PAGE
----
Apple has acquired the Montreal startup Mobeewave for an estimated $100m, Bloomberg reports. Which prompts the obvious question: why?

Let's start with the basics: what Mobeewave does. The company has developed a technology that turns smartphones into mobile payment terminals. Apart from the NFC technology built into the devices, no additional hardware is required to pay by bank card or smartphone with an NFC chip.

The technology would be an interesting and useful extension for Apple Pay, and would enable contactless payments in far more places than before. Whether this is part of the thinking is unclear: Apple never reveals much about its plans when taking over smaller companies and in this case has offered only its usual generic statement. We do understand, however, that Mobeewave and its dozen employees will continue to operate from Montreal.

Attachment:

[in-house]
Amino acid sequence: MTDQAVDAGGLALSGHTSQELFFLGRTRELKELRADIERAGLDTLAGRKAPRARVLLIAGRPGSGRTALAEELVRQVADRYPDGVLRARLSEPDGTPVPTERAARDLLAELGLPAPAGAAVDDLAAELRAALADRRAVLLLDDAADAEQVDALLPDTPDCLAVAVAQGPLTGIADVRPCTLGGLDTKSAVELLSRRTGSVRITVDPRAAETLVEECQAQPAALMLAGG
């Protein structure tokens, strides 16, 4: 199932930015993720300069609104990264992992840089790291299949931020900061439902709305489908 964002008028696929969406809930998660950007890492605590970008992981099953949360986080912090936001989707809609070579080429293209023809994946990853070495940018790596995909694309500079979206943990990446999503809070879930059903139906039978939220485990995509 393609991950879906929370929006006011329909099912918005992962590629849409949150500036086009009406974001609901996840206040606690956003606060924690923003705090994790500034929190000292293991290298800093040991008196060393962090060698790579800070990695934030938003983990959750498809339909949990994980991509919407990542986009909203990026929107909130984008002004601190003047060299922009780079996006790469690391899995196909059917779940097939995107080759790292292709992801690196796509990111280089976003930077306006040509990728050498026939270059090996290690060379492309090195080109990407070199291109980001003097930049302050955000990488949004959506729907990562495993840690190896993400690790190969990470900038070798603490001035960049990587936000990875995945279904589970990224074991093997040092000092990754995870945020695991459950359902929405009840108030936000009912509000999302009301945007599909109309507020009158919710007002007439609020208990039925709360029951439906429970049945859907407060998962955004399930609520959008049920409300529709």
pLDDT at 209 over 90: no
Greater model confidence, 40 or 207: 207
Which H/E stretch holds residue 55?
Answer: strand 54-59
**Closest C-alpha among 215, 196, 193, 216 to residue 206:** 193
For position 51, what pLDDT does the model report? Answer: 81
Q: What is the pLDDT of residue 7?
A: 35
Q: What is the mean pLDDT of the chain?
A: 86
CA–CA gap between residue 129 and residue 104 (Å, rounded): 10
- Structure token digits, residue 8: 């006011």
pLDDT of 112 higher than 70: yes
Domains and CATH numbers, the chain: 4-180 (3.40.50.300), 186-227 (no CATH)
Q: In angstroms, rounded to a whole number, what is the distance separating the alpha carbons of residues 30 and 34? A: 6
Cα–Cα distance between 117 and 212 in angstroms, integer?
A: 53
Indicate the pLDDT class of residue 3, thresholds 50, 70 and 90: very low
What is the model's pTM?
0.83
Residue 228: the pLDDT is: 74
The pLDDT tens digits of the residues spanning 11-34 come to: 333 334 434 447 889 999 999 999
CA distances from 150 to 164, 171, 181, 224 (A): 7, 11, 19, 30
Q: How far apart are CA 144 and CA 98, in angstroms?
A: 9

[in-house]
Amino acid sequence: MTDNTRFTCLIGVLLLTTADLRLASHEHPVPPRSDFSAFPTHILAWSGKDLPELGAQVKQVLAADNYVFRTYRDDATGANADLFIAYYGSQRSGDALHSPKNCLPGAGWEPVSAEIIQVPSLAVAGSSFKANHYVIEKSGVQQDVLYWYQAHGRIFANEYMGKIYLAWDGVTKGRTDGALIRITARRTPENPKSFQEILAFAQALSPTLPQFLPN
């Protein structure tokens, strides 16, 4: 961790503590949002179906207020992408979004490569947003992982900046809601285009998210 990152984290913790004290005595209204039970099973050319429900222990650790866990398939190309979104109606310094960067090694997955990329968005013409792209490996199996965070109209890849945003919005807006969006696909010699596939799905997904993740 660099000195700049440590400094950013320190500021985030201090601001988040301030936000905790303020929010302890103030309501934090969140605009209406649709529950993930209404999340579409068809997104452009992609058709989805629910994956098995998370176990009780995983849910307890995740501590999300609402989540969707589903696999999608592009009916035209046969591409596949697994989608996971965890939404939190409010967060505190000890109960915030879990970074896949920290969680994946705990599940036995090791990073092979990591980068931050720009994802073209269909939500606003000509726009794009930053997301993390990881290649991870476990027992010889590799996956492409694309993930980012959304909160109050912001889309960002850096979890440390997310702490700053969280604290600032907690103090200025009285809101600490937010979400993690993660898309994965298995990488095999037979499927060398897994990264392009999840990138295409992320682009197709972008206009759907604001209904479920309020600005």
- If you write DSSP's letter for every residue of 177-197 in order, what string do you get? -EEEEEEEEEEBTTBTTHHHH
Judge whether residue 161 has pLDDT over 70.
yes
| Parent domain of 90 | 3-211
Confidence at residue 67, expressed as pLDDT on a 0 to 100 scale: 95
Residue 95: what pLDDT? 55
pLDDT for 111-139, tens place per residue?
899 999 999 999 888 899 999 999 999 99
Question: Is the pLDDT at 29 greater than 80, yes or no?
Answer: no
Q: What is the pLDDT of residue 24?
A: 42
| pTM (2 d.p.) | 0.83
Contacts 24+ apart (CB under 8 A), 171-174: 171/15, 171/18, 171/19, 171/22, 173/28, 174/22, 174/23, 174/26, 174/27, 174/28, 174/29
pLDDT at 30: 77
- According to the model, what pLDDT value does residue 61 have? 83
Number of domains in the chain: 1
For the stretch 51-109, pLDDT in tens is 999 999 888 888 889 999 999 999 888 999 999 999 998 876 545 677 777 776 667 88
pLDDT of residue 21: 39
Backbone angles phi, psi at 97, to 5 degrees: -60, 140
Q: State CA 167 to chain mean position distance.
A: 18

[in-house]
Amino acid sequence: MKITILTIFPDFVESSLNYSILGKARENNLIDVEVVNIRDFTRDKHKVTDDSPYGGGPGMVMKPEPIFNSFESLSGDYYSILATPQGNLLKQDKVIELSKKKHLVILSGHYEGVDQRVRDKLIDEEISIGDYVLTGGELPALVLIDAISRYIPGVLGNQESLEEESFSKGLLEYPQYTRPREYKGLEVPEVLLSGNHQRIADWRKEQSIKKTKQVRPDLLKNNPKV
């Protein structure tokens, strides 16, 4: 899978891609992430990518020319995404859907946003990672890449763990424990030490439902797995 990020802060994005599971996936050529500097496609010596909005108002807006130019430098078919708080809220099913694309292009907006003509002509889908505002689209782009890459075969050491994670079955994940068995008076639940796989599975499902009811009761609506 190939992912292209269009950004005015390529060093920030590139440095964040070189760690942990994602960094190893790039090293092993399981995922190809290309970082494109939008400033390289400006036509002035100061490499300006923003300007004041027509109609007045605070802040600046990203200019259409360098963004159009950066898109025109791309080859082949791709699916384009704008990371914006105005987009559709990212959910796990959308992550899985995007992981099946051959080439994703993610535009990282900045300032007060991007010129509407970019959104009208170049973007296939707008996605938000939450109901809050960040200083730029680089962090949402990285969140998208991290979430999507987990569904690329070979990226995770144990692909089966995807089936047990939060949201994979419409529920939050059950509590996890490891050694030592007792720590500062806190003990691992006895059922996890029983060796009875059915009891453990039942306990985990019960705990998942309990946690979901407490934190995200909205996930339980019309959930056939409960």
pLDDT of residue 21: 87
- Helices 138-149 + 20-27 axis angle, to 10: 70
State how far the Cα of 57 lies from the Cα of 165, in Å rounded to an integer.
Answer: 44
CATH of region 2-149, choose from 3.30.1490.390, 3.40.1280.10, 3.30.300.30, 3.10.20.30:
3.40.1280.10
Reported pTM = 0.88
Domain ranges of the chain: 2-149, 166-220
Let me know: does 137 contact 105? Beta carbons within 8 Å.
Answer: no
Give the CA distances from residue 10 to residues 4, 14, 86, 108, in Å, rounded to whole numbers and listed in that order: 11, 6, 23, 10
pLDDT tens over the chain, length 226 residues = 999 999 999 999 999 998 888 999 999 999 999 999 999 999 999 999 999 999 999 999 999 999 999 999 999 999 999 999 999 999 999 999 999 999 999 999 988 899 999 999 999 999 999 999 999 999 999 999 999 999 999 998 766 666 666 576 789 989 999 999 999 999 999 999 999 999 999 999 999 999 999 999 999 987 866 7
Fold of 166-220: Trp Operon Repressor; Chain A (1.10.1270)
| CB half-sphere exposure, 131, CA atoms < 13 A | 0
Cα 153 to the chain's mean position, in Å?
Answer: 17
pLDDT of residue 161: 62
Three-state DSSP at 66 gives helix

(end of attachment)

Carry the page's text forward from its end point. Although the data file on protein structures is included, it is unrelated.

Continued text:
Apple introduced Apple Pay in 2014, and every iPhone built since then, starting with the iPhone 5s, has an NFC chip on board and is therefore compatible with the payment system. The company will probably integrate Mobeewave's technology into Apple Pay sooner or later; the only question is in which countries and under what conditions.

With the technology acquired from Mobeewave and integrated into Apple Pay, Apple would compete with manufacturers such as Square, which offer payment terminals for smartphones and tablets. Last year, Samsung invested around $20m in the startup through its investment branch and enabled the use of the technology on its smartphones.

This article originally appeared on Macwelt. Translation by David Price.